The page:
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Insulator dysfunction and oncogene activation in IDH mutant gliomas


Gain-of-function IDH mutations are initiating events that define major clinical and prognostic classes of gliomas1,2. Mutant IDH protein produces a new onco-metabolite, 2-hydroxyglutarate, which interferes with iron-dependent hydroxylases, including the TET family of 5′-methylcytosine hydroxylases3,4,5,6,7. TET enzymes catalyse a key step in the removal of DNA methylation8,9. IDH mutant gliomas thus manifest a CpG island methylator phenotype (G-CIMP)10,11, although the functional importance of this altered epigenetic state remains unclear. Here we show that human IDH mutant gliomas exhibit hypermethylation at cohesin and CCCTC-binding factor (CTCF)-binding sites, compromising binding of this methylation-sensitive insulator protein. Reduced CTCF binding is associated with loss of insulation between topological domains and aberrant gene activation. We specifically demonstrate that loss of CTCF at a domain boundary permits a constitutive enhancer to interact aberrantly with the receptor tyrosine kinase gene PDGFRA, a prominent glioma oncogene. Treatment of IDH mutant gliomaspheres with a demethylating agent partially restores insulator function and downregulates PDGFRA. Conversely, CRISPR-mediated disruption of the CTCF motif in IDH wild-type gliomaspheres upregulates PDGFRA and increases proliferation. Our study suggests that IDH mutations promote gliomagenesis by disrupting chromosomal topology and allowing aberrant regulatory interactions that induce oncogene expression.

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Figure 1: CTCF binding and gene insulation compromised in IDH mutant gliomas.
Figure 2: Topological domain boundaries disrupted in IDH mutant gliomas.
Figure 3: Insulator loss allows PDGFRA to interact with a constitutive enhancer.
Figure 4: Boundary methylation and CTCF occupancy affect PDGFRA expression and proliferation.

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Gene Expression Omnibus

Data deposits

Data generated for this study are available through the Gene Expression Omnibus (GEO) under accession number GSE70991.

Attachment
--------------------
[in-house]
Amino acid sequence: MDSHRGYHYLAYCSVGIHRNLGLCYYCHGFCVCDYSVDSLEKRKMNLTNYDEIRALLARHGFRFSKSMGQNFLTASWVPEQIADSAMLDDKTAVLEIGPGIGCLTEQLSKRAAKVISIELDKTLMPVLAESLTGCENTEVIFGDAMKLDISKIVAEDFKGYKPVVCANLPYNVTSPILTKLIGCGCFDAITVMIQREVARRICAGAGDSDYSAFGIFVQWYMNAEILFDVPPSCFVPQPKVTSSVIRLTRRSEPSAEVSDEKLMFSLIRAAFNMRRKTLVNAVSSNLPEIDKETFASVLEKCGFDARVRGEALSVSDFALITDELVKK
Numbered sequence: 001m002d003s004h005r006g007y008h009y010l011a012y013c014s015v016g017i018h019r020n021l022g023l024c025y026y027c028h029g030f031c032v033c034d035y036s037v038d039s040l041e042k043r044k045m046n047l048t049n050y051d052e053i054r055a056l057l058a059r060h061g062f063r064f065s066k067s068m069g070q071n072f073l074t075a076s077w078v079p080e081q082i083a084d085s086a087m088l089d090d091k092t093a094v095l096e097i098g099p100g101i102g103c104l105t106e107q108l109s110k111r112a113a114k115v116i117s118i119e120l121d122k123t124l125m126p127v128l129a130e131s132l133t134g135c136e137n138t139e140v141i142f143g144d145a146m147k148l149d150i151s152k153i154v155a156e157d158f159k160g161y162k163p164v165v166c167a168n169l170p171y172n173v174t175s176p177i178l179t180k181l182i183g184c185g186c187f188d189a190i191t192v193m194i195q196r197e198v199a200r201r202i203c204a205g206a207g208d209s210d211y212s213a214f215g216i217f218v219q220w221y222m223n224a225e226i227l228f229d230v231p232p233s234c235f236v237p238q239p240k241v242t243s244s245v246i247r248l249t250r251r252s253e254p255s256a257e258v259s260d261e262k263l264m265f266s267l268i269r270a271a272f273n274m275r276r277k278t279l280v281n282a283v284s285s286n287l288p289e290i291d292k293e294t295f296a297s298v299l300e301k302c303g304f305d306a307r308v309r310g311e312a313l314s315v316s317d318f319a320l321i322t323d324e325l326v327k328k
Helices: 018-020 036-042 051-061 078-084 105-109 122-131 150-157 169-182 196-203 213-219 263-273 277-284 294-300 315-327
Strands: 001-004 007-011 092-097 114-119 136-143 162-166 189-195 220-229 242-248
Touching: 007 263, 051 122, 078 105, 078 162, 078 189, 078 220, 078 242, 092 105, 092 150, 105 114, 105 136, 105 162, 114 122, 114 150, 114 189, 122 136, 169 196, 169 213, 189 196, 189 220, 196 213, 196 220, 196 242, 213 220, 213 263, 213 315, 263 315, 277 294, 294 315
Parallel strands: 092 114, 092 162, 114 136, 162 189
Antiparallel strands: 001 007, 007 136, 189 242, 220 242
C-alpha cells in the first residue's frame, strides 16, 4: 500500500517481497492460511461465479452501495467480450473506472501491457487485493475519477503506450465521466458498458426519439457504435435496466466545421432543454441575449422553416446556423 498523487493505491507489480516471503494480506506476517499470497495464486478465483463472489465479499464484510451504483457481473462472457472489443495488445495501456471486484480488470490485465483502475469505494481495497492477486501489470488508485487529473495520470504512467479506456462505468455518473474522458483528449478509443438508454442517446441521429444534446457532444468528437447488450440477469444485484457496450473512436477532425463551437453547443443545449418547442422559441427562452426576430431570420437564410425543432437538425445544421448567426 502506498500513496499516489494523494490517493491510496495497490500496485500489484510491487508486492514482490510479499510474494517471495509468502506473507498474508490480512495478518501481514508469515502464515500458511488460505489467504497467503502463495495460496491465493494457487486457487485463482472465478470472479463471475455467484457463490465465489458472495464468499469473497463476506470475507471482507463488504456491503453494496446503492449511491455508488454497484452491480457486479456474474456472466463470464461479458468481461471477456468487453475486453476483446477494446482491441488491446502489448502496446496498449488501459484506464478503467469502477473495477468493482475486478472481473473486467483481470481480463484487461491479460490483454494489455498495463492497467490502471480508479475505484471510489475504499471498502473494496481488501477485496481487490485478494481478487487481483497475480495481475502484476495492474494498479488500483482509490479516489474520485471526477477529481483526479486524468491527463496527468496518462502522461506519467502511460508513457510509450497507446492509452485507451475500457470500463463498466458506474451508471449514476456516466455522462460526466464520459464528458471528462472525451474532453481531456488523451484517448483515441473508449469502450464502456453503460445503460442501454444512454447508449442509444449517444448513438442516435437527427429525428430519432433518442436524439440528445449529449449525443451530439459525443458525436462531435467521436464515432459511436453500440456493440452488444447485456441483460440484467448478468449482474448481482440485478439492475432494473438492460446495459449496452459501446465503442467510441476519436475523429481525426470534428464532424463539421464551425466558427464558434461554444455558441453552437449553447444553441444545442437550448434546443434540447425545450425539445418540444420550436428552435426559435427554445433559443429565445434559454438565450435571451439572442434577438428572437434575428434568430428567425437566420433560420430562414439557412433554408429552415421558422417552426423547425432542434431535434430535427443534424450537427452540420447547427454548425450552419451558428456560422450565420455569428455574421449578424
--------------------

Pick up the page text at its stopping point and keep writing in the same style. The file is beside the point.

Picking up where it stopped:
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We thank J. Kim, the MGH Neuro Oncology Tissue Repository, and the MGH Pathology Flow Cytometry Core for assistance with clinical samples and analysis, and E. Lander and W. Kaelin for discussions. W.A.F. is supported by a basic research fellowship from the American Brain Tumor Association. B.B.L. is supported by a Jane Coffin Childs fellowship. B.E.B. is an American Cancer Society Research Professor. This research was supported by funds from Howard Hughes Medical Institute, the National Brain Tumor Society and the National Human Genome Research Institute.

Author information

Authors and Affiliations



Conception and experimental design: W.A.F., Y.D., B.B.L., S.M.G., M.L.S. and B.E.B. Methodology and data acquisition: W.A.F., Y.D., B.B.L., S.M.G., A.S.V., A.O.S.-R., M.L.S. and B.E.B. Analysis and interpretation of data: W.A.F., Y.D. and B.E.B. Manuscript writing: W.A.F., Y.D. and B.E.B. W.A.F. and Y.D. contributed equally to this work.

Corresponding author

Correspondence to Bradley E. Bernstein.

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The authors declare no competing financial interests.

Extended data figures and tables

Extended Data Figure 1 DNA methylation and CTCF binding at deregulated boundaries.

a, Box plots show DNA methylation levels over CTCF sites (200-bp window centred on the peak) within boundaries predicted by gene pair correlation analysis to be disrupted. All CTCF sites located within a 1-kb window centred on a disrupted boundary were considered. Methylation levels were determined from whole-genome bisulfite data for three IDH mutant (red labels) and three IDH wild-type (black labels) tumours. b, Bars show average normalized ChIP-seq signal over all CTCF sites located inside a 1-kb window centred on a disrupted boundary.

Extended Data Figure 2 Expression of Fip1l1 in mouse brain cells and survival effects of PDGFRA and FIP1L1.

a, Expression of Fip1l1 in a published data set for isolated mouse brain cell types44. b, Kaplan–Meier plot based on TCGA data23 indicates that combined FIP1L1 and PDGFRA expression is a negative prognostic factor in IDH1 mutant lower-grade gliomas. Multivariate analysis including the known prognostic factor 1p/19q deletion diminished this effect into non-significance, suggesting that other predictors of survival may also have a role in this model.